Cystitis in Cats

cystitis in cats

cystitis in cats

Cystitis in cats is quite common but often undetected by owners. Cystitis is the term used to describe an inflammation of the bladder, which can be very painful, especially when a cat wants to urinate. It may be linked with other problems, such as feline urolithasis, with the accumulation of stones in the urinary tract causing irritation which can lead on to infection. Cats suffering from cystitis will try to urinate more frequently than usual, but at the same time, they will have difficulty doing so because of the pain.

  • The main symptom of cystitis in cats is painful urination.
  • Encourage your cat to drink plenty of fluids — although this isn’t easy — because it helps to flush the infection naturally out of the cat’s system.
  • Cystitis affects the feline lower urinary tract — comprising the bladder and the urethra — which becomes inflamed as a result of the infection.

Cystitis can be very painful for a cat, to the extent that it forgets its toilet-training and starts to soil around the home. Only small volumes of urine are released however, because of the pain involved. As the bladder does not empty properly, the situation is likely to worsen, because bacteria will multiply rapidly in the urine still held in the body, increasing the degree of inflammation.


Female cats are often considered to be at greater risk of suffering from cystitis than males, because the urethra — the tube leading from the bladder to the outside world — is shorter than in males. This means that if the infection moves up to the bladder through the urethra, so it will have less distance to track to reach this organ and become established.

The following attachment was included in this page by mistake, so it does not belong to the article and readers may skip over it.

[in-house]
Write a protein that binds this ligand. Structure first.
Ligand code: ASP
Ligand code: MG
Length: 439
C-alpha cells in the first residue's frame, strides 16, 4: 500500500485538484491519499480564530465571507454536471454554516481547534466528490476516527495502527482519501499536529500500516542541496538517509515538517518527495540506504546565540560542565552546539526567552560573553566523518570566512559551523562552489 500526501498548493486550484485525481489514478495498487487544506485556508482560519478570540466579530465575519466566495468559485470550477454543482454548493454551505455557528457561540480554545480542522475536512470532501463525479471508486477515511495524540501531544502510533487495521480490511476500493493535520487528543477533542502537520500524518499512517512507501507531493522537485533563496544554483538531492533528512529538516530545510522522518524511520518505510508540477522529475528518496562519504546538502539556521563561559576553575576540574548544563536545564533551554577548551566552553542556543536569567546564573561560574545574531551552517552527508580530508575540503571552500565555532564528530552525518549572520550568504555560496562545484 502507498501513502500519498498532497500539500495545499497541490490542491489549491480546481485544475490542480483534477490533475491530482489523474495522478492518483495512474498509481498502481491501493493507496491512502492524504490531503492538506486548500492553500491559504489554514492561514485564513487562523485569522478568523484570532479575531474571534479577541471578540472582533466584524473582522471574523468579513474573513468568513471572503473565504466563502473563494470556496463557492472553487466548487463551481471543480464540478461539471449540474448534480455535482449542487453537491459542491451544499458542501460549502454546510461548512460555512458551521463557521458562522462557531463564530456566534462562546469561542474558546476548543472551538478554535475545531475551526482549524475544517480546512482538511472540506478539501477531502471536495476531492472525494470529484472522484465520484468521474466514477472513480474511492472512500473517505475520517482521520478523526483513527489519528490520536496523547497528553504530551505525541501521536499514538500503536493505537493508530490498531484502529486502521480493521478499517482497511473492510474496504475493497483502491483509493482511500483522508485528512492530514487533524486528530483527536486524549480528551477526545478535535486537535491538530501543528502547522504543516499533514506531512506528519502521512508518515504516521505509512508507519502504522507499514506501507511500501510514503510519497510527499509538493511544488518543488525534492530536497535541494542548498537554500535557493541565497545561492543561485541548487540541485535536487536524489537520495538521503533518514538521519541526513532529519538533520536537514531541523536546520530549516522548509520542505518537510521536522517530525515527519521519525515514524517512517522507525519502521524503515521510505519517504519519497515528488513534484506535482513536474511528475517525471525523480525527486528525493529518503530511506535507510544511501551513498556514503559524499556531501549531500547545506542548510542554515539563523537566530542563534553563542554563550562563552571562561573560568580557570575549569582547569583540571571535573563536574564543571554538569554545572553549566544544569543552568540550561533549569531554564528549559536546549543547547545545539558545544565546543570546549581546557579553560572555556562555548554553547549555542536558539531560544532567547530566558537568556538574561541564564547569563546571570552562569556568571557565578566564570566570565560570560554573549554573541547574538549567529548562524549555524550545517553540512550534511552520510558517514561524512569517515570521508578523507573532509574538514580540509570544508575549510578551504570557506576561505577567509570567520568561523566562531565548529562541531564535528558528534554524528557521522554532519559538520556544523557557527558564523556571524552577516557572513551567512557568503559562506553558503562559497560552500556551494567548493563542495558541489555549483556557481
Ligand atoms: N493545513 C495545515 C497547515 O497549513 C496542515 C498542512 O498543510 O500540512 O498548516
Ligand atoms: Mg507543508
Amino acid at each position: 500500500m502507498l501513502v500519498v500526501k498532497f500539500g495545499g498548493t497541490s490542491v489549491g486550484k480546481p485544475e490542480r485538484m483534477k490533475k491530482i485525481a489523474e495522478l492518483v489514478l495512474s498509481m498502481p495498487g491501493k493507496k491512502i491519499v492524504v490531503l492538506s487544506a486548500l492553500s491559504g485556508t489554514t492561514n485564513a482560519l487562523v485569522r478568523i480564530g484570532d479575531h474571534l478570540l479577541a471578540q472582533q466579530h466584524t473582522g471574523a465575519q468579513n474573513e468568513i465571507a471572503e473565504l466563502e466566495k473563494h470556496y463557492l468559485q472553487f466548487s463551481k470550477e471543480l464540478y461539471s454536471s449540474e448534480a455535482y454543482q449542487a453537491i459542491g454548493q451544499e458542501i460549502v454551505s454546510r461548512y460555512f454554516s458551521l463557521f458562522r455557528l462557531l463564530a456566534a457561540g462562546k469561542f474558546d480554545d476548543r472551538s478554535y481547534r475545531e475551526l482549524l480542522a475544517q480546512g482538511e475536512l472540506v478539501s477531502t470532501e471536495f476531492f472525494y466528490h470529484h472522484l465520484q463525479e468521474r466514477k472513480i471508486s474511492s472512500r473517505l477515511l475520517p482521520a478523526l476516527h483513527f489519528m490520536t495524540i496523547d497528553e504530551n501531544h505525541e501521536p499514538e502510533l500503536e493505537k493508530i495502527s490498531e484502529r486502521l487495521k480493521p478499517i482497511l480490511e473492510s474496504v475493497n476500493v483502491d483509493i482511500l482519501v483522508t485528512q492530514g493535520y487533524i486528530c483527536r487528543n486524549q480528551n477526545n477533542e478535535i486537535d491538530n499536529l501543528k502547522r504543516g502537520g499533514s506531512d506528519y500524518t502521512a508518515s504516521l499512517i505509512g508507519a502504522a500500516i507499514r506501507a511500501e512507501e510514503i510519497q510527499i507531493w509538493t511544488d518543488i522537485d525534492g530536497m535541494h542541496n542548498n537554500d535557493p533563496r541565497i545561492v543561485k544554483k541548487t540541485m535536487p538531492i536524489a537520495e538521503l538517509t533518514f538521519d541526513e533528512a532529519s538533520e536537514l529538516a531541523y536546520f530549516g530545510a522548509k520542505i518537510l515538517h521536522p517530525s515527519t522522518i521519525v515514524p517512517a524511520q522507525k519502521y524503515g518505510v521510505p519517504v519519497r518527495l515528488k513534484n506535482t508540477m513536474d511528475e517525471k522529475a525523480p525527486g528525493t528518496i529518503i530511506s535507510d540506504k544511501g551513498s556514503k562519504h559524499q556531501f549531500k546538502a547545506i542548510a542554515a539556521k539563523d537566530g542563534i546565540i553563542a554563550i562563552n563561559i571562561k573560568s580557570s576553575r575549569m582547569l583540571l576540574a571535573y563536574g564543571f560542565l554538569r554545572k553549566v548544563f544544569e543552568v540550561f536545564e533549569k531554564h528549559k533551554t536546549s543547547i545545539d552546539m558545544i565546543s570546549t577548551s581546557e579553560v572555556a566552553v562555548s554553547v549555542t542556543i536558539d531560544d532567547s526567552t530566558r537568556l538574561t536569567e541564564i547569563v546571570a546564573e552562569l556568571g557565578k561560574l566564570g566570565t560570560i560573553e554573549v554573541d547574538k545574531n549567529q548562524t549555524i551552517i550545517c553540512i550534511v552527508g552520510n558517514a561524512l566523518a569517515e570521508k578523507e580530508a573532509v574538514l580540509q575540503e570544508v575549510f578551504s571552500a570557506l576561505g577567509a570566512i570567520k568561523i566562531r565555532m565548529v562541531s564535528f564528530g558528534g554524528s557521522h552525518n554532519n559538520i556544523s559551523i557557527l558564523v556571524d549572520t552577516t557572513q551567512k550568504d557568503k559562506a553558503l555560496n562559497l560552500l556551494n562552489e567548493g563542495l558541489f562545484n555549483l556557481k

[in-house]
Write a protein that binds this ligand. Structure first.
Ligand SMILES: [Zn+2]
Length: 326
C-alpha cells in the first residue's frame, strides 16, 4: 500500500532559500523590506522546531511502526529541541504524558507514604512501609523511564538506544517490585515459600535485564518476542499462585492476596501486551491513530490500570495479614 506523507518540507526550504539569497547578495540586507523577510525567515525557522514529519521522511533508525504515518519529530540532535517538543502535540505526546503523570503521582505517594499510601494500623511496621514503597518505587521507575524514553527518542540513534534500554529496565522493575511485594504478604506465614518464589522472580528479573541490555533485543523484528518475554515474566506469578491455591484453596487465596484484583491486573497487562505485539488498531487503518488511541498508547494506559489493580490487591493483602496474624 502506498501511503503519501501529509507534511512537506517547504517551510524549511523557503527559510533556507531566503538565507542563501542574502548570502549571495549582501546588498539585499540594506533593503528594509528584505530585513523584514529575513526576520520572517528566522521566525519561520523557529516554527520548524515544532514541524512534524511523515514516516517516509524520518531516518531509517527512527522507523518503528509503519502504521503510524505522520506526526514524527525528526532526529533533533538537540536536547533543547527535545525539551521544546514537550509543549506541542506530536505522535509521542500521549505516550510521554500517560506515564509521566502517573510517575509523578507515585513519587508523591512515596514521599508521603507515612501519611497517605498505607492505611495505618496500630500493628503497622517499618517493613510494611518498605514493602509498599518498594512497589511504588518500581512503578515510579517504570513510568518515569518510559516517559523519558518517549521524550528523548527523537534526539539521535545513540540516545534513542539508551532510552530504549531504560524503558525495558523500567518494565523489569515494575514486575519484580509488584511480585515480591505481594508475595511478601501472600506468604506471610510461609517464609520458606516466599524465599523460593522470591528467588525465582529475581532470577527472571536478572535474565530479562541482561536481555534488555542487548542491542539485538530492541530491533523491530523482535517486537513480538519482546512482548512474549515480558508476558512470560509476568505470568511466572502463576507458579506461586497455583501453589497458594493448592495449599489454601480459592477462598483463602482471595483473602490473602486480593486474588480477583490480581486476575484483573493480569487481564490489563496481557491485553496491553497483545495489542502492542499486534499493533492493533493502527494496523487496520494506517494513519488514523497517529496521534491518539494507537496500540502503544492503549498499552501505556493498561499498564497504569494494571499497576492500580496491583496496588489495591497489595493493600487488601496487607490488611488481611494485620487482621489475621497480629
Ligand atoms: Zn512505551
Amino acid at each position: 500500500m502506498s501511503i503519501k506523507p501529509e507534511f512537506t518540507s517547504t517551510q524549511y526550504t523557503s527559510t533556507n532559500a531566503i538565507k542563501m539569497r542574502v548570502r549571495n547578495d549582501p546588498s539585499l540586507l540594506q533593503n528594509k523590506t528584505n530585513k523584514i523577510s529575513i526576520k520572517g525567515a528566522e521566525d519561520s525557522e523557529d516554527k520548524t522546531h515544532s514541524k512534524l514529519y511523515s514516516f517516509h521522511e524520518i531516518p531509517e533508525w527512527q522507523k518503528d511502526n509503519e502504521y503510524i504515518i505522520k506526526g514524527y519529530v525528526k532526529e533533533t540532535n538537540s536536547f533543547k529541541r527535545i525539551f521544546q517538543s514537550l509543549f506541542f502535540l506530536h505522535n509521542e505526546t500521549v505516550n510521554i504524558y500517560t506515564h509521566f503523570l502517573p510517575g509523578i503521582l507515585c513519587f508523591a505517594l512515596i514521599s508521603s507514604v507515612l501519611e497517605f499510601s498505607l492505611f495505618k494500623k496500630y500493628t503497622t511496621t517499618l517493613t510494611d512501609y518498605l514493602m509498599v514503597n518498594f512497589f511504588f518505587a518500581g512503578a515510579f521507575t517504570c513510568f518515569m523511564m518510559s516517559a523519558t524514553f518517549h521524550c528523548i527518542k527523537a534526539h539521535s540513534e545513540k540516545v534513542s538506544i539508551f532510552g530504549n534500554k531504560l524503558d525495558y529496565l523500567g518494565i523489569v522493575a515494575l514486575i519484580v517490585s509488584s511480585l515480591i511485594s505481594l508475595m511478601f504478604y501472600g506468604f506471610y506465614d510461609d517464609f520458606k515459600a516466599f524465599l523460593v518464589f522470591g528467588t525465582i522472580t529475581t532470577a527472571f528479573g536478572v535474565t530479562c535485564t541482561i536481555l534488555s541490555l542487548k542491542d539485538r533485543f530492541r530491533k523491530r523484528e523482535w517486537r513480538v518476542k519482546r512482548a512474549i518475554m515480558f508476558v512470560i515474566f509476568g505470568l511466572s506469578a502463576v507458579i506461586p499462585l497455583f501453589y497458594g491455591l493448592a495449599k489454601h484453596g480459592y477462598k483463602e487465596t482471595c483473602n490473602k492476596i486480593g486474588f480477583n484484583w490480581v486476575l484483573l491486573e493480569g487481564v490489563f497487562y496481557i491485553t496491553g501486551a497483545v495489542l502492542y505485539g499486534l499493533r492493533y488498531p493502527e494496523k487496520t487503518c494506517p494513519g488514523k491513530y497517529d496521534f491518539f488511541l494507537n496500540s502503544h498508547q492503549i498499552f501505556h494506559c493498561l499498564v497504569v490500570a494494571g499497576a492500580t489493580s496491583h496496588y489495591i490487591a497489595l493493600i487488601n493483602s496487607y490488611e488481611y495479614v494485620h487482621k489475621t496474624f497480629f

• A course of oral antibiotics will generally resolve the infection, but occasionally, this may not be successful. Your vet might then require a urine sample to carry out bacteriology tests and determine which type of antibiotic is likely to be most effective.
  • When trying to get a urine sample from your cat, persuade it to urinate on a dirt box lined with tinfoil, rather than absorbent litter, so that you can simply tip the fluid into a clean, screw-top container for this purpose.
  • Male cats are at risk of cystitis because their urethra is narrower, and so small stones can block the tract more easily.
  • If your cat is interested in exercising, this is good as it will increase the urinary flow, hopefully flushing the harmful bacteria from the system.
  • You need to seek veterinary help immediately if your cat continues to try to urinate over the course of an hour, but produces no fluid. This indicates a blockage in the urinary tract.

Why does cranberry juice help cure cat cystitis?

This juice serves to acidify the urine, with the result that the harmful bacteria responsible for cystitis find it harder to survive in the bladder. Although cranberry juice is often drunk to beneficial effect by people with cystitis, cats are very reluctant to consume it, even if it is used to soak their food.

Can the infection go higher?

Yes, it can progress from the bladder to the kidneys and cause pyelonephritis. That is why it is important to start treatment quickly.

Will the Cat’s cystitis recur?

Possibly, but you can lessen the chances, above all, by completing the course of antibiotics. A low magnesium diet also helps to prevent bladder stones and results in more acidic urine.